Subject: Re: [boost] Interprocess mutex & condition variable at process termination
From: Andrey Semashev (andrey.semashev_at_[hidden])
Date: 2017-02-15 18:24:13
On 02/15/17 20:42, Phil Endecott via Boost wrote:
> Dear Experts,
> I've just been surprised by the behaviour of the interprocess
> mutex and condition variable on abnormal process termination, i.e.
> they are not automatically released.
> Google tells me that I'm not the first to be surprised by this; there
> have been previous posts here, stack overflow questions etc.
> One often-valid observation is that if a process crashes - or
> otherwise terminates without executing its destructors - while it
> holds a lock on a shared data structure then the data is probably
> now corrupt, so unlocking the mutex that protects it is not very
> useful. I think there is an important case where that does not
> apply - when the process that crashes is only reading the shared
> data. In my case, I had written a "monitor" utility that loops
> forever, waiting on a shared condition, taking the corresponding
> mutex, and then dumping the shared data to stdout. I had been
> running this and stopping it by pressing ctrl-C and it had not
> occurred to me that this might not work as I expected. My
> attempt at debugging using this utility was making my problems worse,
> not better! Modifying this code to run destructors on ctrl-C is
> I am aware that the SysV shared semaphore is able to undo on
> process termination (see SEM_UNDO in man semop), and I had assumed
> that Boost.Interprocess was using this or something like it. I
> now see that it is using pthreads, which I didn't even realise
> could work between processes, and I don't think this API has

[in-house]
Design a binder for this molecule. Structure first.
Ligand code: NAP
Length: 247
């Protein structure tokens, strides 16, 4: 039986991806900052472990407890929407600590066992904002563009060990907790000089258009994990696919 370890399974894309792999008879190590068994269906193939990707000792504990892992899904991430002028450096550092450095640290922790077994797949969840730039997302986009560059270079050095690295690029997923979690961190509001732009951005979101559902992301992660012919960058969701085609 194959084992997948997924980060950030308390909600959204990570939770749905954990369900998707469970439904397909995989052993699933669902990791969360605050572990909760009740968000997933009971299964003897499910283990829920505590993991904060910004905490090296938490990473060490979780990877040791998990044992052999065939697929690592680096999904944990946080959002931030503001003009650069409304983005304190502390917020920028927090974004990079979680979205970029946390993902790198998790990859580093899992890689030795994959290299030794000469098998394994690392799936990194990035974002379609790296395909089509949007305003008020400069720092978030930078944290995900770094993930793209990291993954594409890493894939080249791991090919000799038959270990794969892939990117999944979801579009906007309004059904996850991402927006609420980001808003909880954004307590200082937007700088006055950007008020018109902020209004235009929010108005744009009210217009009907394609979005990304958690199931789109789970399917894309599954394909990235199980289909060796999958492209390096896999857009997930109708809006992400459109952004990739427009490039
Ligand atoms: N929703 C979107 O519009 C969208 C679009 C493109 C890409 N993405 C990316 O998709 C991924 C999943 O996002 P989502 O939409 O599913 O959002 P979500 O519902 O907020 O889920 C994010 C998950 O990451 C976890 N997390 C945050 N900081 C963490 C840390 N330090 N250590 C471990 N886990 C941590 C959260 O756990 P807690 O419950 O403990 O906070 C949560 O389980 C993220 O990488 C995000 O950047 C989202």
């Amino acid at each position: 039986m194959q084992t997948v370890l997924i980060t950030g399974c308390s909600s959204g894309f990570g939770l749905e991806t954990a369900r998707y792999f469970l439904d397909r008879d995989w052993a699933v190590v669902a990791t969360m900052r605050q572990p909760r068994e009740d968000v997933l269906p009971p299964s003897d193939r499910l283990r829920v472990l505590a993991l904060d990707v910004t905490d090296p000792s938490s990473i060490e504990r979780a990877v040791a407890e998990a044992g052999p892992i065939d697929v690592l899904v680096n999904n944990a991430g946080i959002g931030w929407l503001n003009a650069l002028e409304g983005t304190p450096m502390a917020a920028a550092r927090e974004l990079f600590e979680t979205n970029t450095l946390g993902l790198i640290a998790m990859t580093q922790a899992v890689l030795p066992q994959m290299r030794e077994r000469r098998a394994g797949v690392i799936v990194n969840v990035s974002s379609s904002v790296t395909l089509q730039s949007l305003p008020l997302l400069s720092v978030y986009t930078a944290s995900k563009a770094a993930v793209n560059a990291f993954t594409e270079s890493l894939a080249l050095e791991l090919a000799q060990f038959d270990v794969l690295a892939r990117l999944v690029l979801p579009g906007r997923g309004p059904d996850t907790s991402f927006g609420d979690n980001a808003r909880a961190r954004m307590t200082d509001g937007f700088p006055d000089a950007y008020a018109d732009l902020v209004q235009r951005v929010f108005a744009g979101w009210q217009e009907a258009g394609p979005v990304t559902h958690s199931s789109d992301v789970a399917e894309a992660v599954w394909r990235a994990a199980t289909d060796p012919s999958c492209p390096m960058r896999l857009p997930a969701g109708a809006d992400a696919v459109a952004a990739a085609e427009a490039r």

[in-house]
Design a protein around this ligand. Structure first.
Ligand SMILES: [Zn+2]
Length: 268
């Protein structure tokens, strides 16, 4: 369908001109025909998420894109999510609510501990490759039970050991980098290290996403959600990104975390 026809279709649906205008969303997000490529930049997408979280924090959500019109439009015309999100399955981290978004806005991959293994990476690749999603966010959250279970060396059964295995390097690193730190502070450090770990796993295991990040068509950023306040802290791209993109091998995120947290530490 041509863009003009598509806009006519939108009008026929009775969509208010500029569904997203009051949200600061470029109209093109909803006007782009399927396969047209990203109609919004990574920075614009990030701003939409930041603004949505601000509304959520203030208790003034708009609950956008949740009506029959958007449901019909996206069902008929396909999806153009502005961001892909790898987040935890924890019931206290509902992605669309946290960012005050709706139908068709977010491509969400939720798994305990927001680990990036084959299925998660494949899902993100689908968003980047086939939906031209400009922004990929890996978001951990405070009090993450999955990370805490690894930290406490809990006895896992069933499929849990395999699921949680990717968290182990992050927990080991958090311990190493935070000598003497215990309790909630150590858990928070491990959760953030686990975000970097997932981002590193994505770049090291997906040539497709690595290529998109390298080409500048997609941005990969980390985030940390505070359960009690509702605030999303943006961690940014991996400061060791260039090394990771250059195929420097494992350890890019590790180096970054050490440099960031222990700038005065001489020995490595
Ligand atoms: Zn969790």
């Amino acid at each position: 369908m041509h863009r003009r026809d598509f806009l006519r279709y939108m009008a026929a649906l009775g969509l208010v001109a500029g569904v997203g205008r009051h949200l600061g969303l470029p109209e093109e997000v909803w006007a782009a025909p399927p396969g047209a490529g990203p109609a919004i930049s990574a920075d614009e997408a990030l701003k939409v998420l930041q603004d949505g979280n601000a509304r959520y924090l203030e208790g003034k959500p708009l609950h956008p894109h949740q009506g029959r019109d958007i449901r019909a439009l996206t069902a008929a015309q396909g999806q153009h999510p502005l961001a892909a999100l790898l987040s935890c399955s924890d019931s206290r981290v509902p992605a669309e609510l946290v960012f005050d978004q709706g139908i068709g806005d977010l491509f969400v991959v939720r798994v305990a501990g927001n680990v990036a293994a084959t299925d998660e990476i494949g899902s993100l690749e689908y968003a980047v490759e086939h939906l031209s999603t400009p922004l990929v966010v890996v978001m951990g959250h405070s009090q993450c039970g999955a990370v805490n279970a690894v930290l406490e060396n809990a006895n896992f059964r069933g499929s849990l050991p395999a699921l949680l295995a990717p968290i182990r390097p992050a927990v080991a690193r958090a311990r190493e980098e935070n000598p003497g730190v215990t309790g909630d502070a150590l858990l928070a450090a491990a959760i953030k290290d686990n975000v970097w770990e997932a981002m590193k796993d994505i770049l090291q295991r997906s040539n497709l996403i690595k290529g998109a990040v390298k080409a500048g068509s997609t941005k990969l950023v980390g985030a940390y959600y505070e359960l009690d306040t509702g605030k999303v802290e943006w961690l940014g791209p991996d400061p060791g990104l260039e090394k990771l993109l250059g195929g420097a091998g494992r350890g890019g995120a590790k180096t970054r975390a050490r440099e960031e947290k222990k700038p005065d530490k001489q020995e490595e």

> any way to specify process termination behaviour.
There is a way to handle this case, but this API is not universally
If that API is not supported on your platform, you may want to avoid
locking the mutex without a timeout (i.e. failing to acquire a mutex for
a given time should be considered an indication that the mutex has been
abandoned in the locked state).
In general, synchronization primitives that reside in shared memory
(such as pthread mutexes or Boost.Interprocess mutexes) should be
considered vulnerable to (a) corruption and (b) becoming unusable (like,
indefinitely locked) because of a user process misbehavior. That is
rather obvious considering that such primitives typically do not include
any other resources, such as handles to kernel objects or file
descriptors and as such "don't exist" for the kernel (consequently, the
kernel cannot release them on process termination). Robust mutexes that
I referenced above are an exception to that general rule.
Named primitives, such as SysV semaphores, are typically more protected
because there is at least a file descriptor or something that
corresponds to the name and there is usually a limited API to interact
with the primitive (i.e. you usually don't have a direct access to the
There are a number of named synchronization primitives in
Boost.Interprocess, although I don't think they provide "auto unlock on
process termination" feature.
> Anyway, I'd like to suggest that the interprocess docs should
> make some mention of the behaviour of the synchronisation
> primitives on process termination, e.g. somewhere near the
> beginning of
> I may now try to implement some primitives that use semop() and
> unlock automatically. I haven't yet looked at what's involved to
> implement a condition variable on top of a semaphore, so I may not
> get very far! Has anyone else ever tried this?
If you want (more or less) reliable interprocess synchronization, you
will currently have to implement it yourself. There are a number of
compromises to make along the way. For instance, pthread robust mutexes
API does not quite fit into the traditional C++ mutex API, so one has to
improvise. In the absence of robust mutexes, the timeout workaround is
not universally applicable, and the timeout itself is, obviously,
case-specific. Also, most of these APIs are not fully portable (not
between Windows and POSIX-compatible systems, anyway), so you end up
with OS-specific branches.
I did implement this an a few of my projects. One example is Boost.Log,
where I opportunistically use robust mutexes:
You can see Windows implementation is quite different:
The best solution to these problems, however, is to avoid locks
altogether and use lock-free algorithms in such a way that any data in
the shared memory is valid and can be handled.